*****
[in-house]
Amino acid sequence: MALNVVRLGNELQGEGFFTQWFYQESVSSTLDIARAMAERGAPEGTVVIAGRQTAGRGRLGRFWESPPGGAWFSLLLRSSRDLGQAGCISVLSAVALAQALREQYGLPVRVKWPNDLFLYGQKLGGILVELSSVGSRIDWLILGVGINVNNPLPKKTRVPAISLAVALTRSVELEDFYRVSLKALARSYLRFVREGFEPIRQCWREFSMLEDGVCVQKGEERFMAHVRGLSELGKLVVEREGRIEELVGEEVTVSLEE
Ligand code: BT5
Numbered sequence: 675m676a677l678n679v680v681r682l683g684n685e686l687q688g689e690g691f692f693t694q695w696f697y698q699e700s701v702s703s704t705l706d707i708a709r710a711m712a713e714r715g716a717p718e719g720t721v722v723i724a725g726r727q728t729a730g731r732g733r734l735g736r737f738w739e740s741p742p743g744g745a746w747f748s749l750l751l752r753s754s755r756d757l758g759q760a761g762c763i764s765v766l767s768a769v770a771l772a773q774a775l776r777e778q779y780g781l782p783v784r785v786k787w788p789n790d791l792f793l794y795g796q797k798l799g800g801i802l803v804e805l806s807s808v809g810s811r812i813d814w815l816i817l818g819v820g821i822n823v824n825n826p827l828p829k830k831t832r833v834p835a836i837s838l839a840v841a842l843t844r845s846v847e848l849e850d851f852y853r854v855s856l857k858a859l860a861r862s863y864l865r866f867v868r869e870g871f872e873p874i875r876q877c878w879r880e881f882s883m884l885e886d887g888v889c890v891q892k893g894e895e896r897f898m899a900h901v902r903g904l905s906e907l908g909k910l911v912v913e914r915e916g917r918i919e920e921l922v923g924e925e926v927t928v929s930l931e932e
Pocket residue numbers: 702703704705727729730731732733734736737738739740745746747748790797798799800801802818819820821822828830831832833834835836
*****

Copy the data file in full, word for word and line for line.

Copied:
[in-house]
Amino acid sequence: MALNVVRLGNELQGEGFFTQWFYQESVSSTLDIARAMAERGAPEGTVVIAGRQTAGRGRLGRFWESPPGGAWFSLLLRSSRDLGQAGCISVLSAVALAQALREQYGLPVRVKWPNDLFLYGQKLGGILVELSSVGSRIDWLILGVGINVNNPLPKKTRVPAISLAVALTRSVELEDFYRVSLKALARSYLRFVREGFEPIRQCWREFSMLEDGVCVQKGEERFMAHVRGLSELGKLVVEREGRIEELVGEEVTVSLEE
Ligand code: BT5
Numbered sequence: 675m676a677l678n679v680v681r682l683g684n685e686l687q688g689e690g691f692f693t694q695w696f697y698q699e700s701v702s703s704t705l706d707i708a709r710a711m712a713e714r715g716a717p718e719g720t721v722v723i724a725g726r727q728t729a730g731r732g733r734l735g736r737f738w739e740s741p742p743g744g745a746w747f748s749l750l751l752r753s754s755r756d757l758g759q760a761g762c763i764s765v766l767s768a769v770a771l772a773q774a775l776r777e778q779y780g781l782p783v784r785v786k787w788p789n790d791l792f793l794y795g796q797k798l799g800g801i802l803v804e805l806s807s808v809g810s811r812i813d814w815l816i817l818g819v820g821i822n823v824n825n826p827l828p829k830k831t832r833v834p835a836i837s838l839a840v841a842l843t844r845s846v847e848l849e850d851f852y853r854v855s856l857k858a859l860a861r862s863y864l865r866f867v868r869e870g871f872e873p874i875r876q877c878w879r880e881f882s883m884l885e886d887g888v889c890v891q892k893g894e895e896r897f898m899a900h901v902r903g904l905s906e907l908g909k910l911v912v913e914r915e916g917r918i919e920e921l922v923g924e925e926v927t928v929s930l931e932e
Pocket residue numbers: 702703704705727729730731732733734736737738739740745746747748790797798799800801802818819820821822828830831832833834835836